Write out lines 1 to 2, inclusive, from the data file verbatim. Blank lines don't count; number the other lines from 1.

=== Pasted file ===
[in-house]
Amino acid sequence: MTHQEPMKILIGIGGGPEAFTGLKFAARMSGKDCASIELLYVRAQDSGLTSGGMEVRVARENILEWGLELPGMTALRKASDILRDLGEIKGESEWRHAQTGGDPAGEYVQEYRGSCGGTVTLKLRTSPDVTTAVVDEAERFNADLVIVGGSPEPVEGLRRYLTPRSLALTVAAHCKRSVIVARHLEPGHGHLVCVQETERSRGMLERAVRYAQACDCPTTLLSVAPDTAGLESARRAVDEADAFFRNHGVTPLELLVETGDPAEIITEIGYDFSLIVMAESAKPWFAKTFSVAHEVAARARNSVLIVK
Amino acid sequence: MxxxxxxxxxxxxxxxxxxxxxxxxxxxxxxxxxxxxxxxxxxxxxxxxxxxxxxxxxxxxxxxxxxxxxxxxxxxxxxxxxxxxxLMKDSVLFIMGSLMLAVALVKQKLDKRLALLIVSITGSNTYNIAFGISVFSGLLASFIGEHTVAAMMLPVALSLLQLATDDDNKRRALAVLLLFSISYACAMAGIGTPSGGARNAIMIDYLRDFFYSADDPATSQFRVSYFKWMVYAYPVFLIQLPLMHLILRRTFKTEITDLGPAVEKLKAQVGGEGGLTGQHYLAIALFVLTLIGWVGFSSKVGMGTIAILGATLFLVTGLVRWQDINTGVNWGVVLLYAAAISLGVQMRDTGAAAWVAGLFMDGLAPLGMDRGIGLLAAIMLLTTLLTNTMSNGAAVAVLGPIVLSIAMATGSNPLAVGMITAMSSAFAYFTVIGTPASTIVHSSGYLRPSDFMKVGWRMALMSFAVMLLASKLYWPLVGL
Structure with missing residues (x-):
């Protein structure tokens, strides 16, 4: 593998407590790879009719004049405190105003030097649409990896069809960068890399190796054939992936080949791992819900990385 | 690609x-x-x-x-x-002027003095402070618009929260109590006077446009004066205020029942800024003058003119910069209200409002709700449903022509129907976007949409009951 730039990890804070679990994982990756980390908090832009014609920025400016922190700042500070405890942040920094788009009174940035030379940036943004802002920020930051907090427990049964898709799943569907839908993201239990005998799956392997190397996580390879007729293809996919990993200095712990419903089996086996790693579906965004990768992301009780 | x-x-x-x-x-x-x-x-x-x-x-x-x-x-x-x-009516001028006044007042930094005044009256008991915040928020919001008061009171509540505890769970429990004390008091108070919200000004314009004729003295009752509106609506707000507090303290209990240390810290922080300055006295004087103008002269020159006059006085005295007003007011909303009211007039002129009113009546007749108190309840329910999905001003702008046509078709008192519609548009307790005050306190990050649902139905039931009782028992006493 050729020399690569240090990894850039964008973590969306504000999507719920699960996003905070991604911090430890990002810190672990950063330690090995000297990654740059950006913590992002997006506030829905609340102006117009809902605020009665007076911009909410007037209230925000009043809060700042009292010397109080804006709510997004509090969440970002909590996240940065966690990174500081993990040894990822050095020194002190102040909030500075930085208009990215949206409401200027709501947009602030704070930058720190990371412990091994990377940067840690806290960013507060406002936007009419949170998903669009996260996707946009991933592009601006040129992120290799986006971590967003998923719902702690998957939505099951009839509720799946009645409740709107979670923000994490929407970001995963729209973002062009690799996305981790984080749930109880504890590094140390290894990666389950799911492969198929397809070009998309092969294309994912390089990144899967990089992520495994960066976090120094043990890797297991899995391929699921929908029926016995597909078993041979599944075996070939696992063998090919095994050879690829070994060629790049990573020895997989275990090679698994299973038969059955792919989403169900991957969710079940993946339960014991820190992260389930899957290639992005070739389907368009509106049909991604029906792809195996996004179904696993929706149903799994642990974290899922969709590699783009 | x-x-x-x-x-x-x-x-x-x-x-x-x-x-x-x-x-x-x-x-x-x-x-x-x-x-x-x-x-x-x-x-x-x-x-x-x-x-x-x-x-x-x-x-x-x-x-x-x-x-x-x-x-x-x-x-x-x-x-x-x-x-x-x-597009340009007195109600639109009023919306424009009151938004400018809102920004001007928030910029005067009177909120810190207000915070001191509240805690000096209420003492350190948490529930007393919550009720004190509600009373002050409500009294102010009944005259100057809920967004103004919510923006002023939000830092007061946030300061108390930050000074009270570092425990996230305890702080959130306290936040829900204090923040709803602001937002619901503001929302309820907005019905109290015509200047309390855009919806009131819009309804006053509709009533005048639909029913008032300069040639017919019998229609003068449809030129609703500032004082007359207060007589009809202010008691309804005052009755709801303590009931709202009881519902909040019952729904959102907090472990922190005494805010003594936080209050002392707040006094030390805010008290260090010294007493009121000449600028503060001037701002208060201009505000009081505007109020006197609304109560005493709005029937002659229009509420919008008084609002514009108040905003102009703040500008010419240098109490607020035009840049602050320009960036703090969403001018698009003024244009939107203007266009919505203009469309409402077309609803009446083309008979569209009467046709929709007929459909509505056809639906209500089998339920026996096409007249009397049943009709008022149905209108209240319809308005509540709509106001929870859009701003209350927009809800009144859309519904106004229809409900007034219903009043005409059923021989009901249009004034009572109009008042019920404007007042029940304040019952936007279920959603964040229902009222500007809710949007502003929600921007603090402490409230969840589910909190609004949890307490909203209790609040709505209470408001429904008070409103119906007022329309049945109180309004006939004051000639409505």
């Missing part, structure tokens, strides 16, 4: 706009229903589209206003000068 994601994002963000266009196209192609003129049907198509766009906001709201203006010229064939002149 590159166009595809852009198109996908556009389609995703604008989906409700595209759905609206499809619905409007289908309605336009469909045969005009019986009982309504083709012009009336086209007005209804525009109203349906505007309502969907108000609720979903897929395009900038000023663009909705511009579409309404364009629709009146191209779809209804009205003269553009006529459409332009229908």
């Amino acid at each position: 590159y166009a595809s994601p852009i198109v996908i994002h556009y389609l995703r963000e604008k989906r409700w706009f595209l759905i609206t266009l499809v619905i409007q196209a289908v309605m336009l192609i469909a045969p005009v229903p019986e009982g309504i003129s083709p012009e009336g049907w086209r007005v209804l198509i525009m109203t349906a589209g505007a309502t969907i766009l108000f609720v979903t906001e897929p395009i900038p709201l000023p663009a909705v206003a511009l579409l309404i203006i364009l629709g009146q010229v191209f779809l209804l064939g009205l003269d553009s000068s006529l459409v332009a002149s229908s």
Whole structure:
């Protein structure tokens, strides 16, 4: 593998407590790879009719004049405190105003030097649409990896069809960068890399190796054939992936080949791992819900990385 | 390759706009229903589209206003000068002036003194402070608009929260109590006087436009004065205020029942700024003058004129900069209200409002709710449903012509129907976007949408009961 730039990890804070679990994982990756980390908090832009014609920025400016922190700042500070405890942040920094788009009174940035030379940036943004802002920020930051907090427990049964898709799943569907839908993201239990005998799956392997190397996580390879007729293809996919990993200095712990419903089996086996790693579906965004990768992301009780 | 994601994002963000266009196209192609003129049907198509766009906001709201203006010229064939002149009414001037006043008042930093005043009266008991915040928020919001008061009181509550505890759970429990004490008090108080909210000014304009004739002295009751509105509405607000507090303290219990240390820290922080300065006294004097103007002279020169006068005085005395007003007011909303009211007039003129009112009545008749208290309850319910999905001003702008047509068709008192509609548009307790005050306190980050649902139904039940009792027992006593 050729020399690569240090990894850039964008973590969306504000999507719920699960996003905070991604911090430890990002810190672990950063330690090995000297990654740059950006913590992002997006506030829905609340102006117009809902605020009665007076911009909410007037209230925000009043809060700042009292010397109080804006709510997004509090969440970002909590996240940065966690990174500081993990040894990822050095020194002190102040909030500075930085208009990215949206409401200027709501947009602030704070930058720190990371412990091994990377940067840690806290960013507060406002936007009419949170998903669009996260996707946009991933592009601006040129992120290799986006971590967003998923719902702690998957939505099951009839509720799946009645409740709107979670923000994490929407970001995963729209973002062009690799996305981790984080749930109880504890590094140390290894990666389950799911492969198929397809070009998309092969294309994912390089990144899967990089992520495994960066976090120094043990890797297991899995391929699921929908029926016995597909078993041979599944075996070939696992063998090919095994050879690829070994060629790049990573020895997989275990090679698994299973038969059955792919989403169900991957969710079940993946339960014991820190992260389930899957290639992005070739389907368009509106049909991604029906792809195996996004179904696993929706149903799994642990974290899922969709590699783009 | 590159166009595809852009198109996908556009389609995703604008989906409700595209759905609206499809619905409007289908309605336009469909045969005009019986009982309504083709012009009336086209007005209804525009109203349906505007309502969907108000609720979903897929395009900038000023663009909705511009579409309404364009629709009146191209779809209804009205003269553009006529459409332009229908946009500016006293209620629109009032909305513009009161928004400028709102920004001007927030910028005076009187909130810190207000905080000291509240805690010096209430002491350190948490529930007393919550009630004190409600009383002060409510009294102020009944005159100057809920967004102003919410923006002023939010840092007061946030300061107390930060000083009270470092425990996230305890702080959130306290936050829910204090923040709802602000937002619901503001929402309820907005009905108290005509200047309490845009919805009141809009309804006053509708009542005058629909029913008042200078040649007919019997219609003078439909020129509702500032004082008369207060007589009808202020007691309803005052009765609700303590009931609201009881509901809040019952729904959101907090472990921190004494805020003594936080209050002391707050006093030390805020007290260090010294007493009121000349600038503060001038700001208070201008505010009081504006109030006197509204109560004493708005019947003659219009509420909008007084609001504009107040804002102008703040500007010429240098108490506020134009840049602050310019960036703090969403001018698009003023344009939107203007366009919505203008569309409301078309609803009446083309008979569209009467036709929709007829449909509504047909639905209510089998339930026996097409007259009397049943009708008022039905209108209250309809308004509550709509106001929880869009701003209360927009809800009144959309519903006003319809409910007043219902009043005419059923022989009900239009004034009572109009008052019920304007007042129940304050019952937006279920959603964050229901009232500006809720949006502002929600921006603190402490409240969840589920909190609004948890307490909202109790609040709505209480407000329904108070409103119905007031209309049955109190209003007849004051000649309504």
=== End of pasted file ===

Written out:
[in-house]
Amino acid sequence: MTHQEPMKILIGIGGGPEAFTGLKFAARMSGKDCASIELLYVRAQDSGLTSGGMEVRVARENILEWGLELPGMTALRKASDILRDLGEIKGESEWRHAQTGGDPAGEYVQEYRGSCGGTVTLKLRTSPDVTTAVVDEAERFNADLVIVGGSPEPVEGLRRYLTPRSLALTVAAHCKRSVIVARHLEPGHGHLVCVQETERSRGMLERAVRYAQACDCPTTLLSVAPDTAGLESARRAVDEADAFFRNHGVTPLELLVETGDPAEIITEIGYDFSLIVMAESAKPWFAKTFSVAHEVAARARNSVLIVK